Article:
Texas Tech University

Texas Tech Receives $750,000 Grant to Support Disaster Recovery

Amanda Bowman

March 21, 2019

Flooded street

The university will use the funds to develop financing strategies and tools to facilitate disaster preparation and more.

Hurricane Harvey tore through Houston in August 2017, leaving the city forever changed. The category 4 storm created utter devastation, caused billions of dollars in damage and left small businesses crippled.

In order to make sure small businesses are better prepared for future hurricane seasons, the U.S. Department of Commerce's Economic Development Administration (EDA) awarded Texas Tech University $750,000 to develop evidence-based, innovative financing strategies and associated tools to facilitate disaster preparation, recovery and long-term growth of small businesses in hurricane-prone regions. Texas Tech will partner with the University of Houston for the research.

Daan Liang
Daan Liang

"This important study enables us to collect extensive data on small businesses across industry sectors affected by Hurricane Harvey and perform comprehensive gap analysis of their financing needs," said Daan Liang, a professor in the Edward E. Whitacre Jr. College of Engineering's Department of Civil, Environmental & Construction Engineering and a co-principal investigator (P.I.) on the grant. "Partnering with the University of Houston, we hope to play a meaningful role in helping businesses to survive and expand in future disasters."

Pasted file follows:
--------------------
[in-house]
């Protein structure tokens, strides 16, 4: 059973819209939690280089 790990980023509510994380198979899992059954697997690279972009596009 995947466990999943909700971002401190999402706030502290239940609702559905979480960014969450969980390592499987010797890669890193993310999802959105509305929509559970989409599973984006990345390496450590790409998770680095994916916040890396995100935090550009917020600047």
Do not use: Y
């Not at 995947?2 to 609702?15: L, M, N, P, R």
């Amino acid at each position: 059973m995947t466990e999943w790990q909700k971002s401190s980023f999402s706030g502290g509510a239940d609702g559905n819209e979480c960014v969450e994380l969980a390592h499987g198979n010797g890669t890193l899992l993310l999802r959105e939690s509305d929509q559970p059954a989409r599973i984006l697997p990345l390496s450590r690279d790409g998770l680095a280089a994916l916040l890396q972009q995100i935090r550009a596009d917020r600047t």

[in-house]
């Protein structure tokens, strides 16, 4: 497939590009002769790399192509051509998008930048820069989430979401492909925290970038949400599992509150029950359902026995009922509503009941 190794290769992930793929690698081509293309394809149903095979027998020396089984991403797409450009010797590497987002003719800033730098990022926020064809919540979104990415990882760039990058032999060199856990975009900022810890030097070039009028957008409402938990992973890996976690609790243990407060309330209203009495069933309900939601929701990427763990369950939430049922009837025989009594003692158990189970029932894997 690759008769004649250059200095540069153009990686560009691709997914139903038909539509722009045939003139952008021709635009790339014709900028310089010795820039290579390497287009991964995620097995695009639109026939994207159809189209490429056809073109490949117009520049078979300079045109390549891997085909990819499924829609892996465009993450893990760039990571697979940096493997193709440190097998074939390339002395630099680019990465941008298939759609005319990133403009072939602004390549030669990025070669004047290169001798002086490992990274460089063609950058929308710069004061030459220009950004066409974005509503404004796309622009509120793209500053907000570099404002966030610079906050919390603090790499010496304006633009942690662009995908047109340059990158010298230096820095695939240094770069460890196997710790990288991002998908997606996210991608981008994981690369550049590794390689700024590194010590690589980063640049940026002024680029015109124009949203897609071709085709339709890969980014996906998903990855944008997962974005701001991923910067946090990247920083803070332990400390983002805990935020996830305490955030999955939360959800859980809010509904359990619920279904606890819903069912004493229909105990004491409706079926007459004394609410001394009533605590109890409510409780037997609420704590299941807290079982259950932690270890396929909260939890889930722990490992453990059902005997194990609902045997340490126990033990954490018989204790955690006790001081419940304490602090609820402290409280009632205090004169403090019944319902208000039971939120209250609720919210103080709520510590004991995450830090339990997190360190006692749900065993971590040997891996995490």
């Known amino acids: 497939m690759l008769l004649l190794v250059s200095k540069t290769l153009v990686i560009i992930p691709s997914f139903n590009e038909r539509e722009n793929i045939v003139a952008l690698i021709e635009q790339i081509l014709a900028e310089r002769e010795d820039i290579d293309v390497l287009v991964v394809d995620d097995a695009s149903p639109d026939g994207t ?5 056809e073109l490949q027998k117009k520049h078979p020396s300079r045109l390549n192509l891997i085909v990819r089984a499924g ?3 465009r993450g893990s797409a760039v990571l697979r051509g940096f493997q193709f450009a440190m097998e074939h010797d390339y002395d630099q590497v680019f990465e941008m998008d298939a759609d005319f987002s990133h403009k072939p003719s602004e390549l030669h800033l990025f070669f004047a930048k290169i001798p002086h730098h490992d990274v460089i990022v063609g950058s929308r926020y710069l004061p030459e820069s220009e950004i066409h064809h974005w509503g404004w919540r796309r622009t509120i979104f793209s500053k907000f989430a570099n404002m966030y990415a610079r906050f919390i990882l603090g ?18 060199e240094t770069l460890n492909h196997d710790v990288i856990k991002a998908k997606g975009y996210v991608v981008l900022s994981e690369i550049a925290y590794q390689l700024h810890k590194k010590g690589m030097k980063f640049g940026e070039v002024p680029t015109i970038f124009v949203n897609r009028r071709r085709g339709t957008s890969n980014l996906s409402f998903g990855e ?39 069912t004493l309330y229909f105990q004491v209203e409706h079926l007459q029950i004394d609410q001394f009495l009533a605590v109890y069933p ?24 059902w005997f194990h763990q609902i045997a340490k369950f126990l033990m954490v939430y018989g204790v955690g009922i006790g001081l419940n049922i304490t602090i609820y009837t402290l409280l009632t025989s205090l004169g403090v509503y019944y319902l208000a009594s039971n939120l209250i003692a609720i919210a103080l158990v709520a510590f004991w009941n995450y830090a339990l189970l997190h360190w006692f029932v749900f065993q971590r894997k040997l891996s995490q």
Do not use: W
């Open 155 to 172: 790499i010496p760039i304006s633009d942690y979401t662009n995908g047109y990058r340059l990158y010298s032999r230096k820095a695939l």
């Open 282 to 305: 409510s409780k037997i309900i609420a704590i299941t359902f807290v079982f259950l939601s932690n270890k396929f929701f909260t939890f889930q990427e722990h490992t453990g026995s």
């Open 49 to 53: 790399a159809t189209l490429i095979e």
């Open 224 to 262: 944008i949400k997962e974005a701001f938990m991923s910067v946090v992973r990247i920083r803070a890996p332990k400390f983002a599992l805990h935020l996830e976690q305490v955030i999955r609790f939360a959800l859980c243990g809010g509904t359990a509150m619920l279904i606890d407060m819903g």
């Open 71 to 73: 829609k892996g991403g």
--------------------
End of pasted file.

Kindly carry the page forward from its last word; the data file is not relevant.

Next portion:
The funds Texas Tech received are part of a larger $7.25 million grant distributed to communities throughout the State of Texas.

"President Donald Trump has committed to supporting Texas and helping the state recover since it was devastated by Hurricane Harvey in 2017," said U.S. Secretary of Commerce Wilbur Ross. "The Department of Commerce is investing in the cities of Amarillo, Lubbock and Rockport, where the grant funds will serve a Tax Cuts and Jobs Act-designated Opportunity Zone, so they will be stronger and more resilient when confronted with extreme weather in the future."

Bradley Ewing, the C.T. McLaughlin Chair of Free Enterprise, a professor in the Department of Energy Commerce & Business Economics in the Jerry S. Rawls College of Business and a co-P.I. on the grant with Liang, noted that certain areas of the research are unconventional.

Bradley Ewing
Bradley Ewing

"A unique feature of this research links economic and financial aspects of small businesses with wind engineering data," Ewing said. "We seek to add value to businesses and the communities in which they operate. Our results will identify the practices that enhance sustainability and make the economy better suited to handle hurricanes."

This project is funded under the Bipartisan Budget Act of 2018, in which Congress appropriated to EDA $600 million in additional Economic Adjustment Assistance Program funds for disaster relief and recovery as a result of Hurricanes Harvey, Irma and Maria, wildfires and other 2017 natural disasters under the Stafford Act.

About the U.S. Economic Development Administration

The mission of the EDA is to lead the federal economic development agenda by promoting competitiveness and preparing the nation's regions for growth and success in the worldwide economy. An agency within the U.S. Department of Commerce, EDA makes investments in economically distressed communities in order to create jobs for U.S. workers, promote American innovation and accelerate long-term sustainable economic growth.